I was first introduced to tantra through a teacher in Finland, Shanti Limnell. As I studied with her, my curiosity about tantra grew stronger and I naturally wanted to explore and learn more.
In 2014 I participated in the Tantric Massage Therapist training in Estonia. It was held by Liisa and Somananda Maimon, and through their teachings I was introduced to Agama Yoga.
Agama’s “headquarters” are based in Koh Phangan, Thailand. Many call the island of Koh Phangan a paradise island. It is indeed an easy place to live in: the weather is nice most of the year, except for the rainy season in the autumn or early winter, and the cost of living is reasonable. There are plenty of activities and workshops around for everything imaginable, especially during the busy season from December to April.
Agama has played a huge role in the field of tantra and tantric yoga in recent years – many of the current international tantra teachers, have at least some background with it. Thousands and thousands of people have done their one month long Level 1 yoga training at Agama. Sometimes the Level 1 classes hosted more than a hundred participants, all at once.
I first went to Agama at the end of 2016 to do a yoga teacher training there. It was great, with nice people and lots of interesting information about yoga.
Agama claims to teach authentic and traditional tantric yoga and tantra, and I was not knowledgeable enough to discern if this was really true or not. Their teachings made sense, and the whole school and their materials were well structured. The teachers were enthusiastic and it seemed that there was a nice yogic community on the island.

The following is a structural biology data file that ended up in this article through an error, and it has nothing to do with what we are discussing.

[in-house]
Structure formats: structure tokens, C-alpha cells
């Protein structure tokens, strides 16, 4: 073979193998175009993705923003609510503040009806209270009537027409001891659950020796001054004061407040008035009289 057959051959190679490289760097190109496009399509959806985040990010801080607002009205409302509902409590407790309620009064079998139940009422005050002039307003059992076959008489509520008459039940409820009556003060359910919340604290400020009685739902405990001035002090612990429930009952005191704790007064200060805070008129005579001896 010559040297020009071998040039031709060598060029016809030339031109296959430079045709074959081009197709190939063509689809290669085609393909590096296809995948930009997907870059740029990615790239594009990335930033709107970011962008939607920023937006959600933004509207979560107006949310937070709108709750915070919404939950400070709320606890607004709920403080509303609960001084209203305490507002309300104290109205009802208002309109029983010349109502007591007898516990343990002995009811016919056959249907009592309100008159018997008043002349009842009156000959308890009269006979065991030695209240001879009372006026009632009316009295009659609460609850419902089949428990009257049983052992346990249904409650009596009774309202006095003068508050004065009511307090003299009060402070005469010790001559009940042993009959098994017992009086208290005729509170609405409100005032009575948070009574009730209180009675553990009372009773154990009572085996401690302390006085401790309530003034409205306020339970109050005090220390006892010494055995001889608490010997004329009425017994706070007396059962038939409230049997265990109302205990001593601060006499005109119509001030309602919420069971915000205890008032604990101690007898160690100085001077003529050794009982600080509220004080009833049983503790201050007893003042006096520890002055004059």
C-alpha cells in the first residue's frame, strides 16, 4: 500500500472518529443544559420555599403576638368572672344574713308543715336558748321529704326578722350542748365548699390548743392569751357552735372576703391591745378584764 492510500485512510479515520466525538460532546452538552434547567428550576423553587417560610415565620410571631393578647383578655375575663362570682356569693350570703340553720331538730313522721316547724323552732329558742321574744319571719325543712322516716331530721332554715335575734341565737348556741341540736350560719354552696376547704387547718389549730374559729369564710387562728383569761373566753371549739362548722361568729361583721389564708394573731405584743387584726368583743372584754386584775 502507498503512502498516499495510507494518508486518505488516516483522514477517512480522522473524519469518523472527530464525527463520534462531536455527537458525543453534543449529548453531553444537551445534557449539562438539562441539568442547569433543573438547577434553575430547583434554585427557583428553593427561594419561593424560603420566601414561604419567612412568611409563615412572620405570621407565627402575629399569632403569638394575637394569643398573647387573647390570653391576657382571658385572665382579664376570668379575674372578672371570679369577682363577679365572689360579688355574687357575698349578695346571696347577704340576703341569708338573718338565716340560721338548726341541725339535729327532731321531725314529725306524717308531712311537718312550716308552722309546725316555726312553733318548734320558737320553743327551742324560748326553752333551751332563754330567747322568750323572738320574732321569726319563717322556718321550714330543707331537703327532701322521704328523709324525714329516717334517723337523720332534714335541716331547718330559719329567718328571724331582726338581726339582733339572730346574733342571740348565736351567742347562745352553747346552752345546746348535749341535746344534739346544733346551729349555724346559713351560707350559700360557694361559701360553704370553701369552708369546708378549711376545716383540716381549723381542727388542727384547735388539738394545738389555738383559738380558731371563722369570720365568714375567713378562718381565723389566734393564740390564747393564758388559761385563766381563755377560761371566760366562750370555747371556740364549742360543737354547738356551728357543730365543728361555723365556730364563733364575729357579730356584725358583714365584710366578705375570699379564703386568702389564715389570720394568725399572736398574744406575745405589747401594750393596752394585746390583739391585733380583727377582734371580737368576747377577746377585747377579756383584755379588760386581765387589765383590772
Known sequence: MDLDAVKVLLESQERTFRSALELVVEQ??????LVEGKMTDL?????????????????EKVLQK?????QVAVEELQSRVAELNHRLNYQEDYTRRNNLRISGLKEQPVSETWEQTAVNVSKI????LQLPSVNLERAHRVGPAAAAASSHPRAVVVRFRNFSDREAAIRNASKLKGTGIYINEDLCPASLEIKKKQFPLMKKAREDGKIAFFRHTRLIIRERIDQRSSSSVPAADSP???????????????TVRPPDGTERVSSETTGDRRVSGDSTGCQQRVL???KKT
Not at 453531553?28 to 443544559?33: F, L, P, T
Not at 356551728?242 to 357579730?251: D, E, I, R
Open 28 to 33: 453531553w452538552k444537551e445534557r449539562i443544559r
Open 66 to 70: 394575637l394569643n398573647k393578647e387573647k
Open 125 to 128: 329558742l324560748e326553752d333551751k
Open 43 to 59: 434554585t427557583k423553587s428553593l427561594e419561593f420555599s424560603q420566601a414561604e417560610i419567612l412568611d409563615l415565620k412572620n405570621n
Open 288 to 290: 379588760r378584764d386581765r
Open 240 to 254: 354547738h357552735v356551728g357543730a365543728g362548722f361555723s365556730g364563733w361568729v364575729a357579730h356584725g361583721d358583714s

I did the second part of the 500-hour teacher training last year, in 2017, and it was equally good and interesting. I again met great people and learned more about yoga – Agama style proper. It was all there: satsangs, meditation, bhajans, pranayama, trataka, subtle energy bodies and more.
The dark side
But there was a shadow. From the first time I was at Agama, there were rumours about sexual abuse, by either some of the senior teachers or the head of the school, Swami Vivekananda Saraswati, or Swami for short. However, no-one seemed to know for sure, and even when I asked around about it, it seemed that these issues were somehow processed and settled.
Swami (his real name is Narcis Tarcau) is Romanian and he got his start studying yoga with Gregorian Bivolaru in communist Romania in the ‘70s. Yoga was forbidden there at that time, and his stories about it were interesting to hear, to say the least. Later on Swami founded a yoga school called Natha in Denmark, and that expanded to Sweden and Finland as well. Apparently, along the way, Bivolaru and Swami went their separate ways at some point.
If you have been following the tantric yoga scene, you would know that Bivolaru has been in all kinds of trouble for his actions. You can do research online for more details.
Last summer, a journalist named Be Scofield published an article on Medium.com (later on the article was deleted from there, but now you can read it here) where she exposed that several women were accusing Swami Vivekananda of sexual assault. This led to a huge storm on social media and newspapers around the world. You can also do a simple Google search on that to find out more of the details.